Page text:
These are mostly problems that are common at American schools, but DePauw’s administration is not giving marginalized students the support they deserve, that they have paid for. When my husband and I receive our quarterly issues of DePauw magazine, we read articles touting alumni successes (these alumni are usually white dudes) and new construction projects on campus. We hear nothing of campus controversies or the university’s efforts to address them. Recently, DePauw celebrated the crowning of its first WOC Old Gold Queen at that festive annual homecoming celebration. I know that the student who received the honor is deserving, but DePauw has been around for 177 years. That a woman of color hadn’t been crowned before 2014 is embarrassing, but DePauw pats itself on the back. Instead of fretting that students can’t fill an auditorium to hear speeches by social justice activists or celebrities from marginalized groups, DePauw high-fives Twitter when students line up to see Jimmy Kimmel. Instead of making a visible effort to increase multicultural and/or consent education on campus, DePauw wants to make sure we know about the new gym they built.

I had a lot of fun at DePauw. I learned a lot from my professors. But I’m deeply ashamed and embarrassed that it took me until after graduation, until moving to a large coastal city, to find feminism. To learn what “intersectionality” means.  To fully understand my sexual identity. To recognize my privilege and examine my microaggressions. To take stock of the ways in which I was marginalized/victimized as a woman on campus, and the ways in which I personally was destructive to myself and others when I engaged in DePauw’s dominant culture. Most of these things are on me, but I also believe that they are things liberal arts students should learn by virtue of being on liberal arts campuses. I could have learned them at DePauw, but I didn’t know where to look.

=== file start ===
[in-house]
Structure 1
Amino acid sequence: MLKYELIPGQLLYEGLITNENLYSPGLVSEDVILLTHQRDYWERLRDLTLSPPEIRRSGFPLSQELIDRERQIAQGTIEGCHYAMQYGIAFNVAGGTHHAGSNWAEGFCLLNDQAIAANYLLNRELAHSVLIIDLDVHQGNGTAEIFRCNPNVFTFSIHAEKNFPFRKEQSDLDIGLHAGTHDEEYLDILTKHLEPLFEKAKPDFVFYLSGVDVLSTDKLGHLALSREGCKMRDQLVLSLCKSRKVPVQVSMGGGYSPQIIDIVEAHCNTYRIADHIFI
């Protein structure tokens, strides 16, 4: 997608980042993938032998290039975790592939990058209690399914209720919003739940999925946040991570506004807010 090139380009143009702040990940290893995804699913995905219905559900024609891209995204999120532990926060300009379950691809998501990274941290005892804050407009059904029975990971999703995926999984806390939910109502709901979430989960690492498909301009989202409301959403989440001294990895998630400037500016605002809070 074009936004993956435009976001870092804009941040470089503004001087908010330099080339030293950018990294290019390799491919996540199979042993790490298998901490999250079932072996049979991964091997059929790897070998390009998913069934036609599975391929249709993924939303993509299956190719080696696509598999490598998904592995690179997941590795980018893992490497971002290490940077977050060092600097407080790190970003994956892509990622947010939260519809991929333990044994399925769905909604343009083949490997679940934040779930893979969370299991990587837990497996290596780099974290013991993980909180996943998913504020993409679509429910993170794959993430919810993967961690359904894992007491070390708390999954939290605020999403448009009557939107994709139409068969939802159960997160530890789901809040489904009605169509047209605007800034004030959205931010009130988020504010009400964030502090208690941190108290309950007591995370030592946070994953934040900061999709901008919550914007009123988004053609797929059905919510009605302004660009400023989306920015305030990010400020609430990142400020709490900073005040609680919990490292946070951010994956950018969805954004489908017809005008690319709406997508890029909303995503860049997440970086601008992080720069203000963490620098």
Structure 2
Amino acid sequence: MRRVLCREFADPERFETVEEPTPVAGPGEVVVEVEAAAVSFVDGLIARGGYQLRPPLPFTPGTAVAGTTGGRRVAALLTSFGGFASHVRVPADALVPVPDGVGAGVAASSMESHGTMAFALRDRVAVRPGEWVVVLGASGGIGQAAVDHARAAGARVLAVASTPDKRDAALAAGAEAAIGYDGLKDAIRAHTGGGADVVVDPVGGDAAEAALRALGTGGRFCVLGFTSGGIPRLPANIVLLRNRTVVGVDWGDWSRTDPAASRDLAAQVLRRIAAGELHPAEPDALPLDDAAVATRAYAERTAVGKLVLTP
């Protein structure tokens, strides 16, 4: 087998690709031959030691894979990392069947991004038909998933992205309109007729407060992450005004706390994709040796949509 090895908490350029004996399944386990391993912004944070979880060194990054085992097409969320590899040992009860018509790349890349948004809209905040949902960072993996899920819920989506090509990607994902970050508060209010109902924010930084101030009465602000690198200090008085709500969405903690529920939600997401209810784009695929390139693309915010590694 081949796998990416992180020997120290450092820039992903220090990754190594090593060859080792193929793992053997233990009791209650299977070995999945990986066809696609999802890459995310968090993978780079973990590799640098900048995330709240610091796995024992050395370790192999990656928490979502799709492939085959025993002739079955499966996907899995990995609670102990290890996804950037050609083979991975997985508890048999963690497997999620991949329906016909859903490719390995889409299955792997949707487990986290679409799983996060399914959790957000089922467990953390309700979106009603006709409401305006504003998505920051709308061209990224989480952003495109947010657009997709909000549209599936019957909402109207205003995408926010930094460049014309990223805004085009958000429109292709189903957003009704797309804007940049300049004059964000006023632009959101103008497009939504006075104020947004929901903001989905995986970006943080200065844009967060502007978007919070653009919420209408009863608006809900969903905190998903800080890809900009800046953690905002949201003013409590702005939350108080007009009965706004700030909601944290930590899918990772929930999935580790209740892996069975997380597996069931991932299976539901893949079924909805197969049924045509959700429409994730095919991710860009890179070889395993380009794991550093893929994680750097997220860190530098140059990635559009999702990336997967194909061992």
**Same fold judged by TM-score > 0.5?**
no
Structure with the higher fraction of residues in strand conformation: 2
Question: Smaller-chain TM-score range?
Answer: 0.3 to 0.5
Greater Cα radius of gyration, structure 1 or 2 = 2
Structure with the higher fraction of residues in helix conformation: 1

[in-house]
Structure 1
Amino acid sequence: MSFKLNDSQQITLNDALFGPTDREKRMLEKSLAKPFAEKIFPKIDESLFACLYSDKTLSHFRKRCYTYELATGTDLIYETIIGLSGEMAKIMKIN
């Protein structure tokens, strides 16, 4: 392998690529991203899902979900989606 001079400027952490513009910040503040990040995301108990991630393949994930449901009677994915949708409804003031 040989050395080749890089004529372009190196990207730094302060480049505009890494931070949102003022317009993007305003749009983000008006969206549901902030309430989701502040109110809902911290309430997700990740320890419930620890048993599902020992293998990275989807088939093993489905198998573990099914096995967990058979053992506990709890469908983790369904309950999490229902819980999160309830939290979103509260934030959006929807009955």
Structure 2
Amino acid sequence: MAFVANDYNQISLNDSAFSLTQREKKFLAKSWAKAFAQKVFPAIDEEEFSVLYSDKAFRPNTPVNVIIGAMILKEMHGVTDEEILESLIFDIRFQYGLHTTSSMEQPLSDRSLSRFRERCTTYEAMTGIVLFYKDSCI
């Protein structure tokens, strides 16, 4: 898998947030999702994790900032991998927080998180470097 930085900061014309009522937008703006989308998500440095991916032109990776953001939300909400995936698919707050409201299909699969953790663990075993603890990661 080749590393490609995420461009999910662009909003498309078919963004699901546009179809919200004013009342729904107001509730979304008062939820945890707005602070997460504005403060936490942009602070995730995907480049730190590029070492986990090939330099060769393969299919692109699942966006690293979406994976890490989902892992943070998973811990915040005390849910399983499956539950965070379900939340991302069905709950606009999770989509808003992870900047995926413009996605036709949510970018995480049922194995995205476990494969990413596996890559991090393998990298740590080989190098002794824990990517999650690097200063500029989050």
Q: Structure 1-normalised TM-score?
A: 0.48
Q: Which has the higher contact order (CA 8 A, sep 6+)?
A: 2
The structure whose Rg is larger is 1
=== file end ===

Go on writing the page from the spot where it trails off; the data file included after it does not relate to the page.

But that’s just me. I’m lucky. To the students who are the true victims of DePauw’s campus climate, the students who have started #DearDePauw, know this: I stand with DePauw because you are DePauw. I am sorry I didn’t see you when I was there. Stay angry. Stay loud. Tiger Pride.

Update 11/12: DePauw senior Ashton Johnston (who wrote a powerful piece for HuffPo on the #DearDePauw conversation) informed me that University President Brian Casey sent an e-mail to students, faculty and staff today, expressing solidarity for marginalized students and advocating for a multicultural education requirement. Casey said he would be holding a faculty meeting next Wednesday to discuss setting aside a school day for a campus-wide discussion of DePauw’s othering culture, as well as the possibility of implementing a multicultural requirement. Casey closed his e-mail with this excellent sentiment:

Some of you may find yourself thinking that the reported examples of racism, bias and insensitivity do not involve or represent you, that the DePauw described in these reports is not the DePauw that you know. It is precisely this disconnection that, I believe, presents us with a challenge and with real opportunity. That is the work ahead for us.

I am committed to the work that lies ahead, and I look forward to the university we can become.

Note to DePauw alumni: The Office of Alumni Engagement is currently hosting a massive drive for donations targeting GOLD alumni (Graduates Of the Last Decade). I threw them a few bucks today on behalf of Zac and me. When asked where I’d like my money to go, I checked the box labeled “student experience”. My hope is that my measly donation will go toward the creation of safe, intersectional spaces on campus. If you give, make it clear why you’re giving. When I speak with my alumni friends, we remember our time at DePauw fondly, but with the understanding (sometimes verbalized, often not), that things were amiss. It doesn’t need to be that way anymore. Vote with your dollars and add some of your own noise.